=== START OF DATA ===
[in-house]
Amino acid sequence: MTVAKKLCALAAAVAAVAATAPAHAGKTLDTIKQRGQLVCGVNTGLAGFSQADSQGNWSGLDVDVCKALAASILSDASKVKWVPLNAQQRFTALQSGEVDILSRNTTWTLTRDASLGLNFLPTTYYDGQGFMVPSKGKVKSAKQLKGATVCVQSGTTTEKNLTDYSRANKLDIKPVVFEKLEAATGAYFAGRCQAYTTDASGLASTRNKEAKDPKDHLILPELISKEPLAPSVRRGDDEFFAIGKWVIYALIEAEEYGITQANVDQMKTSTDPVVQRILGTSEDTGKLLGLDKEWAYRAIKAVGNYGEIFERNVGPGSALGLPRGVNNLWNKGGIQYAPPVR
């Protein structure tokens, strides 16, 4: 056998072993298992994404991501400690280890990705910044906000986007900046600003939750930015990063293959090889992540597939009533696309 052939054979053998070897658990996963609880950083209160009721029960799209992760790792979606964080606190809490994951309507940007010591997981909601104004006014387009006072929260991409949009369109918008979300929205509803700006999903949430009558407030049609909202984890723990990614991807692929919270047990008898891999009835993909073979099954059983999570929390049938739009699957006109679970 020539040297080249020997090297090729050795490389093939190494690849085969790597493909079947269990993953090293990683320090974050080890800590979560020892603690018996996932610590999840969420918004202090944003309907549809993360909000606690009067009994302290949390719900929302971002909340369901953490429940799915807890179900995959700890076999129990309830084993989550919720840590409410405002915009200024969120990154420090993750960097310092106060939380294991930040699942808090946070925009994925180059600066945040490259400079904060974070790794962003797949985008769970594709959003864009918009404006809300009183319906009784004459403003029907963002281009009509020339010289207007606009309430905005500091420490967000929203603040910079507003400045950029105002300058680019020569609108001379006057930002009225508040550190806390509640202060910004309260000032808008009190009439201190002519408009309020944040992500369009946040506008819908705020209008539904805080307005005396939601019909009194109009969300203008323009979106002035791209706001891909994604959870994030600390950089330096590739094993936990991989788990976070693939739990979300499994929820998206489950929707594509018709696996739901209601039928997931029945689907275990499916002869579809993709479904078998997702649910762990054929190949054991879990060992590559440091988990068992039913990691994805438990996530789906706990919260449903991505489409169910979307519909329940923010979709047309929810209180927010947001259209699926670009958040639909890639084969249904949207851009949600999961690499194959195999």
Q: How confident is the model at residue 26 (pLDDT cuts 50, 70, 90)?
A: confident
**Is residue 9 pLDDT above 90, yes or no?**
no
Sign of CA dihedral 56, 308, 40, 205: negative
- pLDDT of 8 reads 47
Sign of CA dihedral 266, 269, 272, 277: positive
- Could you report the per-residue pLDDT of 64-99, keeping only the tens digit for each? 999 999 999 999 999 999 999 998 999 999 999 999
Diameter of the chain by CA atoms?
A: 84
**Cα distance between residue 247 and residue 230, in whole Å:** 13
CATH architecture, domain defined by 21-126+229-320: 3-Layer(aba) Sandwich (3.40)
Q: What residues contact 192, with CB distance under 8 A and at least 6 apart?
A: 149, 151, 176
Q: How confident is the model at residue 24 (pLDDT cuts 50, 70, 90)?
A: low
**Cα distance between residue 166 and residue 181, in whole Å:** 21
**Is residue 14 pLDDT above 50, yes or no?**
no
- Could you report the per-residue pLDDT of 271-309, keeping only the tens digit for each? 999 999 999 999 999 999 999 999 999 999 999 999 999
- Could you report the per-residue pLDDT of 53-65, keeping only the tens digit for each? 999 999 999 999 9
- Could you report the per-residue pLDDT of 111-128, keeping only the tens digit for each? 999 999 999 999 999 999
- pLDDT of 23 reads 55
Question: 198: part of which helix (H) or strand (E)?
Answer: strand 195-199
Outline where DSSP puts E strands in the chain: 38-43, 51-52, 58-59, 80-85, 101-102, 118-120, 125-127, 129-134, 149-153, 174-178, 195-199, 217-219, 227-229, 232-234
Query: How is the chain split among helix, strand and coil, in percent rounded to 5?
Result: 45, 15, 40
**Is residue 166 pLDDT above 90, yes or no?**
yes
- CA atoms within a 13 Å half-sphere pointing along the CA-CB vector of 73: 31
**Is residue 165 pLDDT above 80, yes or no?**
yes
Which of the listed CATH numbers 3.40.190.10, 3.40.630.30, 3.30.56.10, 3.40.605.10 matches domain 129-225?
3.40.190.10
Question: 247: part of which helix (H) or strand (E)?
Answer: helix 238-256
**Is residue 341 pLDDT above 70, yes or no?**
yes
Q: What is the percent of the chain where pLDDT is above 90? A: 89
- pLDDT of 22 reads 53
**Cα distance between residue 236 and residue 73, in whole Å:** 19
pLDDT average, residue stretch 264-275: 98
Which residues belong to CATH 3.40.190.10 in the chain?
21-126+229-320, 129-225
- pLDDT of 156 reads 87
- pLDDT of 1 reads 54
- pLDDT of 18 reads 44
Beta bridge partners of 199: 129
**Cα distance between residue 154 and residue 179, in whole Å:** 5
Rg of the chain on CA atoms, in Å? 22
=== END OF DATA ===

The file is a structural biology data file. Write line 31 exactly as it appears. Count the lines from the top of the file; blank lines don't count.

Result: 45, 15, 40